How The GOP Can Keep Control Of Congress After The 2018 Midterms

"What does the GOP need to do in order to keep control of the House and Senate?"

The Washington Examiner asked that question to about a dozen conservative operatives, campaign hands, political scientists, and commentary writers as both parties prepare to do battle in this year's midterm elections.

At this point, history and numbers are working against the Republicans.

But flipping one or both houses to the Democrats is not a fait accompli. And if we've learned anything from the last election, it's that history and conventional wisdom aren't as reliable as they once were.

Republicans have a record to run on, but they're also dealing with an unpopular president who happens to be the leader of their party.

Can they run on tax cuts and a strong economy while distancing themselves from a polarizing president at the same time?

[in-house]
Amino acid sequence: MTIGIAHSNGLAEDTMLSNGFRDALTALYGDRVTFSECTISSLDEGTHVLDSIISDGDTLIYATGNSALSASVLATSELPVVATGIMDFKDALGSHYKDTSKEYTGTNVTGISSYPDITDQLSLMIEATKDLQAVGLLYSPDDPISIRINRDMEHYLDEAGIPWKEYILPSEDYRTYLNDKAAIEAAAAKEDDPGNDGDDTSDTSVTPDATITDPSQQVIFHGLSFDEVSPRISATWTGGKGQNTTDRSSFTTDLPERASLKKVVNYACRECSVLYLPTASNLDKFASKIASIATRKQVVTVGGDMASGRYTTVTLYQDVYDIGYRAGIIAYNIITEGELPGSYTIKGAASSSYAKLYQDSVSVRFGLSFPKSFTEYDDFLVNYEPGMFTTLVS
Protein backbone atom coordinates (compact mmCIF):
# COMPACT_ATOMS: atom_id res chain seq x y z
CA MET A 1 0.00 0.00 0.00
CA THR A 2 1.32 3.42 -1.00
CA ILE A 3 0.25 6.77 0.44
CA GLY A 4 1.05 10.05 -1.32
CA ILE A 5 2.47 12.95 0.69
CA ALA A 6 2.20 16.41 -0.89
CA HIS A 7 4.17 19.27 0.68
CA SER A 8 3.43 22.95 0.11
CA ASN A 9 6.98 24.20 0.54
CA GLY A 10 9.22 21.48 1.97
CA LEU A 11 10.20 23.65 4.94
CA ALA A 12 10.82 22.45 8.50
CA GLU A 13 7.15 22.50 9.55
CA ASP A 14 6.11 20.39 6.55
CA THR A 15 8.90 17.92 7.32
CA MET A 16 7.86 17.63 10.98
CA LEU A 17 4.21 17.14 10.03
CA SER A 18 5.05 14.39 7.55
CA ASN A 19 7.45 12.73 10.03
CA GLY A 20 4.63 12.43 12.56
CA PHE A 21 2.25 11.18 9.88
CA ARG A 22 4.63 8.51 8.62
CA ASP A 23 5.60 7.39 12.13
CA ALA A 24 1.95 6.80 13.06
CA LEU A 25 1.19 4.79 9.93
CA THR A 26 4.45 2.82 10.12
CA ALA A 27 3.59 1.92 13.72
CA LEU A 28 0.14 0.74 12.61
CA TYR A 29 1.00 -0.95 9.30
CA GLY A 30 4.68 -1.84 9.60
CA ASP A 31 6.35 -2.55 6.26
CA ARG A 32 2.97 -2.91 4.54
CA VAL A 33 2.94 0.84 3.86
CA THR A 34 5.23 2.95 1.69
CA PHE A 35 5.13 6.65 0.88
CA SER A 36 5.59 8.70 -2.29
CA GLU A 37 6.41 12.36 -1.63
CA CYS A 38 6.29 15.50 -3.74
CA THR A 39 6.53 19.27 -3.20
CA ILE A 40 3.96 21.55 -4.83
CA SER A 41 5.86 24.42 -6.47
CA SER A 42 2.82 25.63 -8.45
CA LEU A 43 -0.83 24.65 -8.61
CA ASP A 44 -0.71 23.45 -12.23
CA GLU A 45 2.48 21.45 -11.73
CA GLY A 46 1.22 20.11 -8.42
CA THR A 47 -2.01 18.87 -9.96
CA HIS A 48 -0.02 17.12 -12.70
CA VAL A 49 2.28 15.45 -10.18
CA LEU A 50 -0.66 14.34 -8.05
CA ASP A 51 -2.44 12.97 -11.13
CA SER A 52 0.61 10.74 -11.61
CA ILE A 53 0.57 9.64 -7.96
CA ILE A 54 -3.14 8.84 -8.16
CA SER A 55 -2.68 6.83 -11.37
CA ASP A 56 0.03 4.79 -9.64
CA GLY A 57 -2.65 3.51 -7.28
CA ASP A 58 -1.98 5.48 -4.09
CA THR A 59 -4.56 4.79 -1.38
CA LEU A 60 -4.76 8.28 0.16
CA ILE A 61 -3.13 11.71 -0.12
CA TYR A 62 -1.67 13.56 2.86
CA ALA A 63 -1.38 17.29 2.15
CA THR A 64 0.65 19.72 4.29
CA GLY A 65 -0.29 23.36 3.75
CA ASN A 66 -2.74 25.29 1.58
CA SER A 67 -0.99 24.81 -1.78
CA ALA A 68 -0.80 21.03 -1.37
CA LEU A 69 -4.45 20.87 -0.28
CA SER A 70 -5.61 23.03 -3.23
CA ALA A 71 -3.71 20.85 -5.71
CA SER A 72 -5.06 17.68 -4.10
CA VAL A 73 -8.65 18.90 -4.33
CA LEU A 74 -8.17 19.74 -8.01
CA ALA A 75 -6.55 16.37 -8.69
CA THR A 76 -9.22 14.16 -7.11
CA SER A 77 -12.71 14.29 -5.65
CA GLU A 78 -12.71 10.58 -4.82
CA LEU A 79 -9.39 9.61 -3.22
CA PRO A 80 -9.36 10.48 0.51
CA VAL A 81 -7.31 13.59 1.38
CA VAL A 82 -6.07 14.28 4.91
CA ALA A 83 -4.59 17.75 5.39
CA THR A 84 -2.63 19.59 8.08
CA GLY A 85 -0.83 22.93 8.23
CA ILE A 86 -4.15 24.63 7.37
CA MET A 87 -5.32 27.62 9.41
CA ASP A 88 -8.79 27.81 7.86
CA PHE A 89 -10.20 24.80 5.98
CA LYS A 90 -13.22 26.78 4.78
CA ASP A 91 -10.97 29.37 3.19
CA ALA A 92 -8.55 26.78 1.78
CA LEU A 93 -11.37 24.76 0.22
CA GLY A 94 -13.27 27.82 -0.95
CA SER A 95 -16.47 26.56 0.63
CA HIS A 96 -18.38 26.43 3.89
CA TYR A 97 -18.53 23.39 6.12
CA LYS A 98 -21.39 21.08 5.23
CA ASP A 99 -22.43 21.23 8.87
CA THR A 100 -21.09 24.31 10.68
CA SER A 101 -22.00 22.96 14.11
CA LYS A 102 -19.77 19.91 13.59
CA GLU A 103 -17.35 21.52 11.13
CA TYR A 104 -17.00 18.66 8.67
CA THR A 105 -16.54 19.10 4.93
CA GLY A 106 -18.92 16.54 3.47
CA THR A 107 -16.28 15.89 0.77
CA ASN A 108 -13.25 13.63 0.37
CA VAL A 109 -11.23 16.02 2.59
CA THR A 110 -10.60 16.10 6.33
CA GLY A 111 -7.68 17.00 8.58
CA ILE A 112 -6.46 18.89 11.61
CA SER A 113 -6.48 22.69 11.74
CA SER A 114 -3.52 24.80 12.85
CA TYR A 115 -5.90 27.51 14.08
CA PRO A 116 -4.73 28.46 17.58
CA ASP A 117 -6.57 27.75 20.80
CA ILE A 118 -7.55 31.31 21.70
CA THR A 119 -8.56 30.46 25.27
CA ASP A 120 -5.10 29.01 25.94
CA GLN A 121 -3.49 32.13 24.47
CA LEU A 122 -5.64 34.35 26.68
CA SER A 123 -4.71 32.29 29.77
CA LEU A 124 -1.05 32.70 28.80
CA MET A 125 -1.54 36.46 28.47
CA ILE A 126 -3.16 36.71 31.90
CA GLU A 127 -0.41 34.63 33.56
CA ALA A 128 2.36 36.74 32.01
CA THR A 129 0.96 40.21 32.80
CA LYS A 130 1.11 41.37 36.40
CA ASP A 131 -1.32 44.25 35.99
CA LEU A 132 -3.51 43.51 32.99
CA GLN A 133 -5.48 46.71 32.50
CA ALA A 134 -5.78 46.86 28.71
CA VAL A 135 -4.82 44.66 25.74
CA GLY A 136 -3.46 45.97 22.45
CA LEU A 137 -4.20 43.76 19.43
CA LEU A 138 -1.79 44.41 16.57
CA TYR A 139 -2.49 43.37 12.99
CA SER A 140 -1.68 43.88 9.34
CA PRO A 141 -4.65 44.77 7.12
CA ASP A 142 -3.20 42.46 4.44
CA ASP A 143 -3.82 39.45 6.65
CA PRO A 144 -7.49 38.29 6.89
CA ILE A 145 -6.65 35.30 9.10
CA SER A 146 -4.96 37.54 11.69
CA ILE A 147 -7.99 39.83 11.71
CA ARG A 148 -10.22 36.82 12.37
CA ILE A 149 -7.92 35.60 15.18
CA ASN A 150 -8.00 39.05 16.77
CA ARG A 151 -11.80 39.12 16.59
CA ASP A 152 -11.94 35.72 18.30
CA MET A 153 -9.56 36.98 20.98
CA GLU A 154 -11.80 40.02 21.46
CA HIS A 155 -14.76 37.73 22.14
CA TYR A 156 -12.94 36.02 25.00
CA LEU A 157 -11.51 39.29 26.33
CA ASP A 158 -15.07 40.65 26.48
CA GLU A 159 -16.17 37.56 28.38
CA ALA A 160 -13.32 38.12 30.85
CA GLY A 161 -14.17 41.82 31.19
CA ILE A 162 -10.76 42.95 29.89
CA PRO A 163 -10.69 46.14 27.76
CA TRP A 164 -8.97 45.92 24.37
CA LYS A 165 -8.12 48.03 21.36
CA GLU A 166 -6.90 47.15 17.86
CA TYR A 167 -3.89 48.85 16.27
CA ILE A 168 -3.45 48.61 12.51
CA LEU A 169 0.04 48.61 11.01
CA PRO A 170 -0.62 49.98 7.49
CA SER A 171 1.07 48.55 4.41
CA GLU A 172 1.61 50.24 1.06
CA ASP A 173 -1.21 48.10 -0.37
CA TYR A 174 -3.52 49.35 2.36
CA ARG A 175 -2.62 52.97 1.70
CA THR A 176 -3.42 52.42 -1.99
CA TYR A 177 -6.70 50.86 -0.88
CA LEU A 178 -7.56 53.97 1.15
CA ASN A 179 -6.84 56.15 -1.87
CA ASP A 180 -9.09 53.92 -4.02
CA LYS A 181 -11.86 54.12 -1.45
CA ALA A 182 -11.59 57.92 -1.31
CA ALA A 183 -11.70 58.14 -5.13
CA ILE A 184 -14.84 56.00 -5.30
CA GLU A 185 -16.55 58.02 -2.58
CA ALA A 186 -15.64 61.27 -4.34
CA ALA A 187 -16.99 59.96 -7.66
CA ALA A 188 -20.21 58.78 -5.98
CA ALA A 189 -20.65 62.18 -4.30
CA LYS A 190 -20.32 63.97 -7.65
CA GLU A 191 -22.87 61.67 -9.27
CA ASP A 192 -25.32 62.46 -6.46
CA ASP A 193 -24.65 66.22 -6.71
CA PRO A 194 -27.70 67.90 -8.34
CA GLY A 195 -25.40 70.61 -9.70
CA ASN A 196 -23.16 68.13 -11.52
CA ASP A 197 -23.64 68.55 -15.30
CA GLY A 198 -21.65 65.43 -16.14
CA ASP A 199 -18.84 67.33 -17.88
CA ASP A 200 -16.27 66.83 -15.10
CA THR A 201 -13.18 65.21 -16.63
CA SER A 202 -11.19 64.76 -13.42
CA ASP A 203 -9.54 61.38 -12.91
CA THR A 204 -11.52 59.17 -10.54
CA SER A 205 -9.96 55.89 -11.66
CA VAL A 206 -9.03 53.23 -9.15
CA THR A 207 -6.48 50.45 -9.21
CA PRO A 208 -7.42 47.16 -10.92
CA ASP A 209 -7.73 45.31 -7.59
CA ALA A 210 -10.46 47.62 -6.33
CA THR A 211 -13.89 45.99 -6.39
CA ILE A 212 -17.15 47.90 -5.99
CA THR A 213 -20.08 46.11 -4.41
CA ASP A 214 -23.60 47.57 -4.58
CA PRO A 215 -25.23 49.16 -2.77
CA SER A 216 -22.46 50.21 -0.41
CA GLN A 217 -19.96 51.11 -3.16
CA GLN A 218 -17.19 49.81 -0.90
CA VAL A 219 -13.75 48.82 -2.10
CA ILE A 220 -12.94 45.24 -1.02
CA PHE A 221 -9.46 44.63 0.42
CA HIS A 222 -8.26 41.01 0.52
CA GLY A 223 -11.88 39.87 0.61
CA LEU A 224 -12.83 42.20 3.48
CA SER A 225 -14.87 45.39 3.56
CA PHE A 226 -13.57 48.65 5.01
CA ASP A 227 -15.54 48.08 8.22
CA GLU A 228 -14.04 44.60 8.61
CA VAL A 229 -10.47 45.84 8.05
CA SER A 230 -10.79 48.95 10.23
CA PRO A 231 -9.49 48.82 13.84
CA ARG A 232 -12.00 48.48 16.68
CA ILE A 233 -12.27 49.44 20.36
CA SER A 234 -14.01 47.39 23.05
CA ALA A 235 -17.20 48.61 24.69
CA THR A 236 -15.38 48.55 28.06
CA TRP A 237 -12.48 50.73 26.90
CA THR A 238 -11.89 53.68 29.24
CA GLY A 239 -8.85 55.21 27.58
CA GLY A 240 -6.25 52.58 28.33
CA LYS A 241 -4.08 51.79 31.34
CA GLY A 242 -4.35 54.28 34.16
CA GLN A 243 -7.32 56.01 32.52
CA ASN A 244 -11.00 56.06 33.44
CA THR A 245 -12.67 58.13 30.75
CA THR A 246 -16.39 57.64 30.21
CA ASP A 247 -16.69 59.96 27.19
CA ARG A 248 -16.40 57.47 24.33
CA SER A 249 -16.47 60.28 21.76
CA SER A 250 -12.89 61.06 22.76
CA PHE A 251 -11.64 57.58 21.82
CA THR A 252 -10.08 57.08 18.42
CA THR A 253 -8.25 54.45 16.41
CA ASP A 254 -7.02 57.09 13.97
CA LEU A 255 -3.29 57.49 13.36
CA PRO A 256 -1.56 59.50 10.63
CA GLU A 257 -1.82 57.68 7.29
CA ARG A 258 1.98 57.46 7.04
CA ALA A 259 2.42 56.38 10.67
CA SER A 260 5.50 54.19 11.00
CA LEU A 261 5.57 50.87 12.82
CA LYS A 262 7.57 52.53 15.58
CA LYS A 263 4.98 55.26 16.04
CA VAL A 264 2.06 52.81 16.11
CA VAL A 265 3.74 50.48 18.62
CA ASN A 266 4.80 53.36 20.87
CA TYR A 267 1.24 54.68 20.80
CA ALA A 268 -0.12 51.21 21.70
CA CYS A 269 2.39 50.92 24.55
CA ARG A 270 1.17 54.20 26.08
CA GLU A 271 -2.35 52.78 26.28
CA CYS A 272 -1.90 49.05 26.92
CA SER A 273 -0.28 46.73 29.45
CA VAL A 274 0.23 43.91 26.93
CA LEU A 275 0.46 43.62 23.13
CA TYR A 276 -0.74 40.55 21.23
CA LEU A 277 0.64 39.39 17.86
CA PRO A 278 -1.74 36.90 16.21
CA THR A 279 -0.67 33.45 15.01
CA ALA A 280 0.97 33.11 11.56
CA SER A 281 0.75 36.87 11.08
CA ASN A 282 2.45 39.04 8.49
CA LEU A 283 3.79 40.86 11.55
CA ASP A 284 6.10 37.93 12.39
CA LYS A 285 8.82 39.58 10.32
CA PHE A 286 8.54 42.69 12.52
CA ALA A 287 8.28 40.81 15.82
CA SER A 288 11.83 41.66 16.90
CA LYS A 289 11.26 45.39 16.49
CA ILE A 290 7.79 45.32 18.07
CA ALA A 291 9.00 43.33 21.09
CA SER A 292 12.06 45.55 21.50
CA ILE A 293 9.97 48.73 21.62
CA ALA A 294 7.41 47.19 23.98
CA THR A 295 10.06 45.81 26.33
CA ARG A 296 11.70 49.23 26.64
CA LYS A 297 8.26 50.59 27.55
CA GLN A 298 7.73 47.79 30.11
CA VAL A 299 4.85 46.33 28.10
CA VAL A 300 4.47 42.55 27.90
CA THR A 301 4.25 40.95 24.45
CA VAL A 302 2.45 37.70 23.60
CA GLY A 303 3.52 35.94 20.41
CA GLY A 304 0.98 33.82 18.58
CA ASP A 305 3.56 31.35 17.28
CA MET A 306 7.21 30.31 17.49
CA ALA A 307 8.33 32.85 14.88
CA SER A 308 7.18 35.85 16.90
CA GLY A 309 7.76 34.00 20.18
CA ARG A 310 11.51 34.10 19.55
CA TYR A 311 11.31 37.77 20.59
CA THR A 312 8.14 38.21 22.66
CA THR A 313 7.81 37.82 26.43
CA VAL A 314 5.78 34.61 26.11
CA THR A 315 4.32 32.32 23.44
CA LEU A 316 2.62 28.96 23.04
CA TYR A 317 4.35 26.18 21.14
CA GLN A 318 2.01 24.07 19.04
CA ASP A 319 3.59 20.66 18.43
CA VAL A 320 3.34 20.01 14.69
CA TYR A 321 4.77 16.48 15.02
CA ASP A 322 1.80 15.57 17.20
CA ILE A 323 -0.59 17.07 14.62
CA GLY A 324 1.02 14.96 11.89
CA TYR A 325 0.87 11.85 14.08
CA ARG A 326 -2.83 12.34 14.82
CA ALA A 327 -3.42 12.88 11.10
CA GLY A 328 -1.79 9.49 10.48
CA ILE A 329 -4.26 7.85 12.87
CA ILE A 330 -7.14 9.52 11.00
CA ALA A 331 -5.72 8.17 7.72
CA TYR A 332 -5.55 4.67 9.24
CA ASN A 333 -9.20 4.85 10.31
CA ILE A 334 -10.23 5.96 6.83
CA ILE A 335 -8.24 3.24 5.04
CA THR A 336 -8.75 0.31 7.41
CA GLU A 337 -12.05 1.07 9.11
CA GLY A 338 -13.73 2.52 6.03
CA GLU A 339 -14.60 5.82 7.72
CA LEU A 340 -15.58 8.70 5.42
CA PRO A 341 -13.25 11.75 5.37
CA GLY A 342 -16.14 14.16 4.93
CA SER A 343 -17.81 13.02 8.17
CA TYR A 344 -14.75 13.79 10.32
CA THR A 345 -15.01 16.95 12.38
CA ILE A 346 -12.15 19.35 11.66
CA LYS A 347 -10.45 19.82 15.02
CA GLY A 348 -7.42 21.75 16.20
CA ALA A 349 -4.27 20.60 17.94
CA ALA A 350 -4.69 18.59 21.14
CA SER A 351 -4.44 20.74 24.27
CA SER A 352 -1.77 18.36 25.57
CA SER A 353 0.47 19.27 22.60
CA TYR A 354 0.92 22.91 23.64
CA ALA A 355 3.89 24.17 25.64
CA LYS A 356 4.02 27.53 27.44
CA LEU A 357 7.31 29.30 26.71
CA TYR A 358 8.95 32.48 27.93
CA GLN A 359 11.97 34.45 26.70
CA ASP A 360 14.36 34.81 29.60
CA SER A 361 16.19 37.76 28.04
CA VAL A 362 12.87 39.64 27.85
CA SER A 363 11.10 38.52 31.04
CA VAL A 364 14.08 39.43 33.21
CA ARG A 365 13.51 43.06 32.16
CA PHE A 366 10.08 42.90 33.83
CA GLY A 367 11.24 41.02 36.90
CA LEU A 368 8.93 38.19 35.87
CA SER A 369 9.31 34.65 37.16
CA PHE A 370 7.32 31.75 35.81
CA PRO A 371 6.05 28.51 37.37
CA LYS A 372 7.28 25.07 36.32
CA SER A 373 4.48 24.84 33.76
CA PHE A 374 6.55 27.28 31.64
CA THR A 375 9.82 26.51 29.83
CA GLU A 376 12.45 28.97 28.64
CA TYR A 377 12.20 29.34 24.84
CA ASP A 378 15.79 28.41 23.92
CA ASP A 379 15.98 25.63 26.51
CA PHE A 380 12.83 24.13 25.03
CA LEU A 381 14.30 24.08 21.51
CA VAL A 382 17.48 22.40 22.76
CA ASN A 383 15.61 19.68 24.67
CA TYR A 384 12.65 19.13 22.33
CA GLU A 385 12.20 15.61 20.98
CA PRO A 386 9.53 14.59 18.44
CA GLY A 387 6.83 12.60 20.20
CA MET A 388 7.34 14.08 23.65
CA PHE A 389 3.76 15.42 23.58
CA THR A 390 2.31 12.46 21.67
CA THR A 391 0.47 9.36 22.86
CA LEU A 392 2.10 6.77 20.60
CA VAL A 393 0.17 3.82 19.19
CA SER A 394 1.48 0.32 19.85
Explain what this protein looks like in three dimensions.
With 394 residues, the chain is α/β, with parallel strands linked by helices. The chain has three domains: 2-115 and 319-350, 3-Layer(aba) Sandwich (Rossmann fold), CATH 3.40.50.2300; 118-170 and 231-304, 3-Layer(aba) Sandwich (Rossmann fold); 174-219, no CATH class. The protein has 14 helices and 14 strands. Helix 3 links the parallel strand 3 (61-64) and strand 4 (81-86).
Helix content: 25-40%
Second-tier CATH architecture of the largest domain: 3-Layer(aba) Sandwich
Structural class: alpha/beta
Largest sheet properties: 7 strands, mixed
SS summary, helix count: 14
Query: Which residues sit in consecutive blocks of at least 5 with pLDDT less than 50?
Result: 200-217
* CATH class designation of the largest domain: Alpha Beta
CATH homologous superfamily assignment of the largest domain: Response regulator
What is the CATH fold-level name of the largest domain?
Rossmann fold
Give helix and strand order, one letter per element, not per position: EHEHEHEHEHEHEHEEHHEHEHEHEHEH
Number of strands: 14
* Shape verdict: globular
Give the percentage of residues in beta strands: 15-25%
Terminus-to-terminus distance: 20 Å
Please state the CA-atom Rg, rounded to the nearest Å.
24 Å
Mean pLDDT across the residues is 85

Here's what our group had to say.

Ford O'Connell

In the unlikely event that President Trump’s approval rating cracks 50 percent this fall, Republican congressional candidates, particularly in moderate House districts, will have to take matters into their own hands.

They will need to remind voters that Trump is not Hillary Clinton or Nancy Pelosi, and they will have to make the case to voters that whether you like or despise the president, it is hard to argue with the successes and results of this White House, especially when it comes to the economy.

One way to do this is to continuously run the Pelosi clip in which she proclaims that the bonuses being given to millions of employees around the country as a result of the tax bill are “crumbs.” Look, congressional Republicans don’t have to reinvent the wheel, nor do they have the time to, in an effort to hold the House of Representatives. They just have to be vociferous in reminding voters of the alternative, because a blue wave is looming on the horizon.

Read more at the Washington Examiner

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